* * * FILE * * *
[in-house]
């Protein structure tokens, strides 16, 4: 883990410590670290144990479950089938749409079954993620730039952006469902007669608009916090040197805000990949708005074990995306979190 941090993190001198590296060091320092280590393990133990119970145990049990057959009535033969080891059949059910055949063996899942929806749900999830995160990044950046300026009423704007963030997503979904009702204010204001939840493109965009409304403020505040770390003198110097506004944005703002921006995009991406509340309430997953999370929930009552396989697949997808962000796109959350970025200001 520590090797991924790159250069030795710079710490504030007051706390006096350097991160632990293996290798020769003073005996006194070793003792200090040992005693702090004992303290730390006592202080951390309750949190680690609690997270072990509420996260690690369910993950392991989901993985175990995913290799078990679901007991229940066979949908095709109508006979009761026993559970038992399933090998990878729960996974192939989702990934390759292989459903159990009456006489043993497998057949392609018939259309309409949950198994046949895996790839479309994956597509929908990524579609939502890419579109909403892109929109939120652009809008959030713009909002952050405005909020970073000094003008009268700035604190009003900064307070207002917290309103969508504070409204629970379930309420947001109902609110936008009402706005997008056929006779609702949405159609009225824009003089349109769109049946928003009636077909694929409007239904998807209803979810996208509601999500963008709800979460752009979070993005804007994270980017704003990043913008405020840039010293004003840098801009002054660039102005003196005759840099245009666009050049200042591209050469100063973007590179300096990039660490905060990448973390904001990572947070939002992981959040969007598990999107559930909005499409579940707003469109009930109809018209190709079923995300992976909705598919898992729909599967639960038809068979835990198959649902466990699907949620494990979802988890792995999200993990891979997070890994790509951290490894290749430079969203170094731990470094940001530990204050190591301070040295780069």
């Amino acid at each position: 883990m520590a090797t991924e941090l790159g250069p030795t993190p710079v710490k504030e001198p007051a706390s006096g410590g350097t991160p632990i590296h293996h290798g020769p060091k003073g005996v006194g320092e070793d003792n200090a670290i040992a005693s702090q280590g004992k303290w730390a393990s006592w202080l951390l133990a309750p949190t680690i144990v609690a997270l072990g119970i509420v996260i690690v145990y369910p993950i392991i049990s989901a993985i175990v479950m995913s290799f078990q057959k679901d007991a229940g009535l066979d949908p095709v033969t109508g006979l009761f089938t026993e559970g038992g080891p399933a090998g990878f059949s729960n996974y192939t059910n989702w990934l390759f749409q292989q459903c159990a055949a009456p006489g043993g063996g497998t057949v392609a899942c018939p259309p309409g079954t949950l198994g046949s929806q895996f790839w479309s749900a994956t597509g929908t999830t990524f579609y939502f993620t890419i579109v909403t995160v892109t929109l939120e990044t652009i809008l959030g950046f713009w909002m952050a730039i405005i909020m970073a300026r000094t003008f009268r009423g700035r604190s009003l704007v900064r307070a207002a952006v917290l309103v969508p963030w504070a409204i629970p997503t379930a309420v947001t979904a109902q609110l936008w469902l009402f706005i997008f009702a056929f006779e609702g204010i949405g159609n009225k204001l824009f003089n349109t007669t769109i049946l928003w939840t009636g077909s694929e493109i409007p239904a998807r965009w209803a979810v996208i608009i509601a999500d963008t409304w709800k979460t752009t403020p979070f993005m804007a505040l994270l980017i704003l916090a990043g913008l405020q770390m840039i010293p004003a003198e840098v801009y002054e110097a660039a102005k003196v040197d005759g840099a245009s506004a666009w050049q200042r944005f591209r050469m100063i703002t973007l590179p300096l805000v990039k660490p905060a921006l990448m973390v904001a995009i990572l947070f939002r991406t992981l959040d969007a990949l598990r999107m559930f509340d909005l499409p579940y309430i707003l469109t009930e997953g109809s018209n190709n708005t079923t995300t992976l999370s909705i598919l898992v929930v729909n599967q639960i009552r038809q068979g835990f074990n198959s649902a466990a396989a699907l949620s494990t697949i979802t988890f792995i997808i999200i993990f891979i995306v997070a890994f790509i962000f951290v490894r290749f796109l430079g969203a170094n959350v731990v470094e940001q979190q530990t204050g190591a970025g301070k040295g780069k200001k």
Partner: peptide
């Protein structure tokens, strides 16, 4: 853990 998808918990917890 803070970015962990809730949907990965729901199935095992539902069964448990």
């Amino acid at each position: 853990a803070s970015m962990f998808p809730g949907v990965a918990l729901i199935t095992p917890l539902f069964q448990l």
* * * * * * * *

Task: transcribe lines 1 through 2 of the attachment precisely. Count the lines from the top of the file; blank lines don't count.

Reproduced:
[in-house]
């Protein structure tokens, strides 16, 4: 883990410590670290144990479950089938749409079954993620730039952006469902007669608009916090040197805000990949708005074990995306979190 941090993190001198590296060091320092280590393990133990119970145990049990057959009535033969080891059949059910055949063996899942929806749900999830995160990044950046300026009423704007963030997503979904009702204010204001939840493109965009409304403020505040770390003198110097506004944005703002921006995009991406509340309430997953999370929930009552396989697949997808962000796109959350970025200001 520590090797991924790159250069030795710079710490504030007051706390006096350097991160632990293996290798020769003073005996006194070793003792200090040992005693702090004992303290730390006592202080951390309750949190680690609690997270072990509420996260690690369910993950392991989901993985175990995913290799078990679901007991229940066979949908095709109508006979009761026993559970038992399933090998990878729960996974192939989702990934390759292989459903159990009456006489043993497998057949392609018939259309309409949950198994046949895996790839479309994956597509929908990524579609939502890419579109909403892109929109939120652009809008959030713009909002952050405005909020970073000094003008009268700035604190009003900064307070207002917290309103969508504070409204629970379930309420947001109902609110936008009402706005997008056929006779609702949405159609009225824009003089349109769109049946928003009636077909694929409007239904998807209803979810996208509601999500963008709800979460752009979070993005804007994270980017704003990043913008405020840039010293004003840098801009002054660039102005003196005759840099245009666009050049200042591209050469100063973007590179300096990039660490905060990448973390904001990572947070939002992981959040969007598990999107559930909005499409579940707003469109009930109809018209190709079923995300992976909705598919898992729909599967639960038809068979835990198959649902466990699907949620494990979802988890792995999200993990891979997070890994790509951290490894290749430079969203170094731990470094940001530990204050190591301070040295780069």